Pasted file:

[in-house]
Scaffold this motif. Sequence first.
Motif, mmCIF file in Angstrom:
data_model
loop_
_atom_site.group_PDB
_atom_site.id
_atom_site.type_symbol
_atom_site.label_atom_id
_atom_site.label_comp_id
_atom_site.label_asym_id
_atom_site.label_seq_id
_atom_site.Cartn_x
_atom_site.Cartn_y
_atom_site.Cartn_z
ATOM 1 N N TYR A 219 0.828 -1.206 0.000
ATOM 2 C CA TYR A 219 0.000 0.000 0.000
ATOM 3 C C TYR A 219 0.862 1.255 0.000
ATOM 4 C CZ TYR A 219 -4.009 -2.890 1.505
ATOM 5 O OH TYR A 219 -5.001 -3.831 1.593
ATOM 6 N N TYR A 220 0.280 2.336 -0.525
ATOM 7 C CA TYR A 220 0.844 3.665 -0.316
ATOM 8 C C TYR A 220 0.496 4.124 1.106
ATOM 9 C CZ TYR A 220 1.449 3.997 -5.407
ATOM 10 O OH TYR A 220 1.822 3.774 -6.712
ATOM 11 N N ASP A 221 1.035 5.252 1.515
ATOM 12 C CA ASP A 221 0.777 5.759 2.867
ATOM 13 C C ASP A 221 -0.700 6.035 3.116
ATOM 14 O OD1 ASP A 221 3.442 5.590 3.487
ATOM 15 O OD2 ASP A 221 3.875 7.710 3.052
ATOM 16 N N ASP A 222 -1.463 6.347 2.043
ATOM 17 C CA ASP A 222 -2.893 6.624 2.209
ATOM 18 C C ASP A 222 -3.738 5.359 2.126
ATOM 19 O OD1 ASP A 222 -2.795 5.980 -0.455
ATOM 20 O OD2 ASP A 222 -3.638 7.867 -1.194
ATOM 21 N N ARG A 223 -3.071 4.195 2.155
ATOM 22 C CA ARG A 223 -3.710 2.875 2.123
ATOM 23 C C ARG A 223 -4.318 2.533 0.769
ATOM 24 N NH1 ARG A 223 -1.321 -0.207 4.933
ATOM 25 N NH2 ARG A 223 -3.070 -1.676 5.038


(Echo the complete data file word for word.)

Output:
[in-house]
Scaffold this motif. Sequence first.
Motif, mmCIF file in Angstrom:
data_model
loop_
_atom_site.group_PDB
_atom_site.id
_atom_site.type_symbol
_atom_site.label_atom_id
_atom_site.label_comp_id
_atom_site.label_asym_id
_atom_site.label_seq_id
_atom_site.Cartn_x
_atom_site.Cartn_y
_atom_site.Cartn_z
ATOM 1 N N TYR A 219 0.828 -1.206 0.000
ATOM 2 C CA TYR A 219 0.000 0.000 0.000
ATOM 3 C C TYR A 219 0.862 1.255 0.000
ATOM 4 C CZ TYR A 219 -4.009 -2.890 1.505
ATOM 5 O OH TYR A 219 -5.001 -3.831 1.593
ATOM 6 N N TYR A 220 0.280 2.336 -0.525
ATOM 7 C CA TYR A 220 0.844 3.665 -0.316
ATOM 8 C C TYR A 220 0.496 4.124 1.106
ATOM 9 C CZ TYR A 220 1.449 3.997 -5.407
ATOM 10 O OH TYR A 220 1.822 3.774 -6.712
ATOM 11 N N ASP A 221 1.035 5.252 1.515
ATOM 12 C CA ASP A 221 0.777 5.759 2.867
ATOM 13 C C ASP A 221 -0.700 6.035 3.116
ATOM 14 O OD1 ASP A 221 3.442 5.590 3.487
ATOM 15 O OD2 ASP A 221 3.875 7.710 3.052
ATOM 16 N N ASP A 222 -1.463 6.347 2.043
ATOM 17 C CA ASP A 222 -2.893 6.624 2.209
ATOM 18 C C ASP A 222 -3.738 5.359 2.126
ATOM 19 O OD1 ASP A 222 -2.795 5.980 -0.455
ATOM 20 O OD2 ASP A 222 -3.638 7.867 -1.194
ATOM 21 N N ARG A 223 -3.071 4.195 2.155
ATOM 22 C CA ARG A 223 -3.710 2.875 2.123
ATOM 23 C C ARG A 223 -4.318 2.533 0.769
ATOM 24 N NH1 ARG A 223 -1.321 -0.207 4.933
ATOM 25 N NH2 ARG A 223 -3.070 -1.676 5.038